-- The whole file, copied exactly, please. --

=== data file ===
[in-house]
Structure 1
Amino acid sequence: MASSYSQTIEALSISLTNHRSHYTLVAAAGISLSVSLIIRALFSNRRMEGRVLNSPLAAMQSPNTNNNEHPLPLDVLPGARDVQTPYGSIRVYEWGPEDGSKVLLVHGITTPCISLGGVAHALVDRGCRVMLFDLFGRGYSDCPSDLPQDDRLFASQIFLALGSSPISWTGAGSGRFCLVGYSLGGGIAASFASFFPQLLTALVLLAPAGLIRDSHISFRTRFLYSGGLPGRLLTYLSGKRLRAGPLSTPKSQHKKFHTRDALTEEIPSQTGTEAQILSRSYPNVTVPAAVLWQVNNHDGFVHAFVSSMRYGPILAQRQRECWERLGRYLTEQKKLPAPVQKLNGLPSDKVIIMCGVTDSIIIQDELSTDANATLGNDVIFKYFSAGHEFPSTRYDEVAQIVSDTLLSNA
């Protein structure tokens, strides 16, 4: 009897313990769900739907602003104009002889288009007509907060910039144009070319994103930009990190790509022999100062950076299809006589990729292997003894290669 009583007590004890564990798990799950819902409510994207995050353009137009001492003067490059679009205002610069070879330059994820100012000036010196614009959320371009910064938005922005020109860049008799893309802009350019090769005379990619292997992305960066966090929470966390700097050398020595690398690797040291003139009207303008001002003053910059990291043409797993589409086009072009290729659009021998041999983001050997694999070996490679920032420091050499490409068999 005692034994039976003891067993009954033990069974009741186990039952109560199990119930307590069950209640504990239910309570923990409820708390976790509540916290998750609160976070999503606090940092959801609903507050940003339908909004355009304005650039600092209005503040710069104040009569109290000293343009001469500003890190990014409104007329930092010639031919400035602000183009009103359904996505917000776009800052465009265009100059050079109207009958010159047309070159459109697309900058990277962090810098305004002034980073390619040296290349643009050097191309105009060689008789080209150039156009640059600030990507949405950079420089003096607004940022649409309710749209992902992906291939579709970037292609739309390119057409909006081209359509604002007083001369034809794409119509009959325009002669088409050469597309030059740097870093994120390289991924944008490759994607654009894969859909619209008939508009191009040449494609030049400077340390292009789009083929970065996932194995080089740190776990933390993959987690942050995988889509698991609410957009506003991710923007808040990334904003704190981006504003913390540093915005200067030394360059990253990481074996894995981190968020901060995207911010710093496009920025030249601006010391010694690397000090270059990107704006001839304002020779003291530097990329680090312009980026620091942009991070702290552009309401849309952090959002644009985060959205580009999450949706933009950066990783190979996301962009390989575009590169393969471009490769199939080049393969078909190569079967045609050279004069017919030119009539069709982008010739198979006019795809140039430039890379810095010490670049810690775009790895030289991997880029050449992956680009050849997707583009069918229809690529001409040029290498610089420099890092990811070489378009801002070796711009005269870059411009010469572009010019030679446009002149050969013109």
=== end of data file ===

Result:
[in-house]
Structure 1
Amino acid sequence: MASSYSQTIEALSISLTNHRSHYTLVAAAGISLSVSLIIRALFSNRRMEGRVLNSPLAAMQSPNTNNNEHPLPLDVLPGARDVQTPYGSIRVYEWGPEDGSKVLLVHGITTPCISLGGVAHALVDRGCRVMLFDLFGRGYSDCPSDLPQDDRLFASQIFLALGSSPISWTGAGSGRFCLVGYSLGGGIAASFASFFPQLLTALVLLAPAGLIRDSHISFRTRFLYSGGLPGRLLTYLSGKRLRAGPLSTPKSQHKKFHTRDALTEEIPSQTGTEAQILSRSYPNVTVPAAVLWQVNNHDGFVHAFVSSMRYGPILAQRQRECWERLGRYLTEQKKLPAPVQKLNGLPSDKVIIMCGVTDSIIIQDELSTDANATLGNDVIFKYFSAGHEFPSTRYDEVAQIVSDTLLSNA
């Protein structure tokens, strides 16, 4: 009897313990769900739907602003104009002889288009007509907060910039144009070319994103930009990190790509022999100062950076299809006589990729292997003894290669 009583007590004890564990798990799950819902409510994207995050353009137009001492003067490059679009205002610069070879330059994820100012000036010196614009959320371009910064938005922005020109860049008799893309802009350019090769005379990619292997992305960066966090929470966390700097050398020595690398690797040291003139009207303008001002003053910059990291043409797993589409086009072009290729659009021998041999983001050997694999070996490679920032420091050499490409068999 005692034994039976003891067993009954033990069974009741186990039952109560199990119930307590069950209640504990239910309570923990409820708390976790509540916290998750609160976070999503606090940092959801609903507050940003339908909004355009304005650039600092209005503040710069104040009569109290000293343009001469500003890190990014409104007329930092010639031919400035602000183009009103359904996505917000776009800052465009265009100059050079109207009958010159047309070159459109697309900058990277962090810098305004002034980073390619040296290349643009050097191309105009060689008789080209150039156009640059600030990507949405950079420089003096607004940022649409309710749209992902992906291939579709970037292609739309390119057409909006081209359509604002007083001369034809794409119509009959325009002669088409050469597309030059740097870093994120390289991924944008490759994607654009894969859909619209008939508009191009040449494609030049400077340390292009789009083929970065996932194995080089740190776990933390993959987690942050995988889509698991609410957009506003991710923007808040990334904003704190981006504003913390540093915005200067030394360059990253990481074996894995981190968020901060995207911010710093496009920025030249601006010391010694690397000090270059990107704006001839304002020779003291530097990329680090312009980026620091942009991070702290552009309401849309952090959002644009985060959205580009999450949706933009950066990783190979996301962009390989575009590169393969471009490769199939080049393969078909190569079967045609050279004069017919030119009539069709982008010739198979006019795809140039430039890379810095010490670049810690775009790895030289991997880029050449992956680009050849997707583009069918229809690529001409040029290498610089420099890092990811070489378009801002070796711009005269870059411009010469572009010019030679446009002149050969013109």